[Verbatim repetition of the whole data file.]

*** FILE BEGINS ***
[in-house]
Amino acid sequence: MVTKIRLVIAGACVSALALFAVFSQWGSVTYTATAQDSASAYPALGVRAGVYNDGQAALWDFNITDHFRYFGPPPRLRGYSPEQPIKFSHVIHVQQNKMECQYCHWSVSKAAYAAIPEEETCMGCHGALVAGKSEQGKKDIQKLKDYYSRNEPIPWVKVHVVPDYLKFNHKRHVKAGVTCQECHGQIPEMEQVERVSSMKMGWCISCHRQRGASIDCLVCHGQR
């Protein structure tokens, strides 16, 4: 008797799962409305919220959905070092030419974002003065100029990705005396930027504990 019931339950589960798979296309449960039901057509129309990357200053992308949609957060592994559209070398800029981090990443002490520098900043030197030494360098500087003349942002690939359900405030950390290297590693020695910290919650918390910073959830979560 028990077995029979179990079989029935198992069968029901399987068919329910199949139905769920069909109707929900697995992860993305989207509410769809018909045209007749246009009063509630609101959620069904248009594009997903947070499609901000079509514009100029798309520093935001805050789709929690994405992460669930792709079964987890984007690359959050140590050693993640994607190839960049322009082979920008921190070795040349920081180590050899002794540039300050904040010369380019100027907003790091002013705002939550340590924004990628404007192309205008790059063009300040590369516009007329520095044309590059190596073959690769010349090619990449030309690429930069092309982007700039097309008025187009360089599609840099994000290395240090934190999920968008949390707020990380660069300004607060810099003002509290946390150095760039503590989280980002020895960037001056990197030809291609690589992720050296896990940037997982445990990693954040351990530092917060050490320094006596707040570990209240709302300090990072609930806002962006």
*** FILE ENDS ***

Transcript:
[in-house]
Amino acid sequence: MVTKIRLVIAGACVSALALFAVFSQWGSVTYTATAQDSASAYPALGVRAGVYNDGQAALWDFNITDHFRYFGPPPRLRGYSPEQPIKFSHVIHVQQNKMECQYCHWSVSKAAYAAIPEEETCMGCHGALVAGKSEQGKKDIQKLKDYYSRNEPIPWVKVHVVPDYLKFNHKRHVKAGVTCQECHGQIPEMEQVERVSSMKMGWCISCHRQRGASIDCLVCHGQR
């Protein structure tokens, strides 16, 4: 008797799962409305919220959905070092030419974002003065100029990705005396930027504990 019931339950589960798979296309449960039901057509129309990357200053992308949609957060592994559209070398800029981090990443002490520098900043030197030494360098500087003349942002690939359900405030950390290297590693020695910290919650918390910073959830979560 028990077995029979179990079989029935198992069968029901399987068919329910199949139905769920069909109707929900697995992860993305989207509410769809018909045209007749246009009063509630609101959620069904248009594009997903947070499609901000079509514009100029798309520093935001805050789709929690994405992460669930792709079964987890984007690359959050140590050693993640994607190839960049322009082979920008921190070795040349920081180590050899002794540039300050904040010369380019100027907003790091002013705002939550340590924004990628404007192309205008790059063009300040590369516009007329520095044309590059190596073959690769010349090619990449030309690429930069092309982007700039097309008025187009360089599609840099994000290395240090934190999920968008949390707020990380660069300004607060810099003002509290946390150095760039503590989280980002020895960037001056990197030809291609690589992720050296896990940037997982445990990693954040351990530092917060050490320094006596707040570990209240709302300090990072609930806002962006």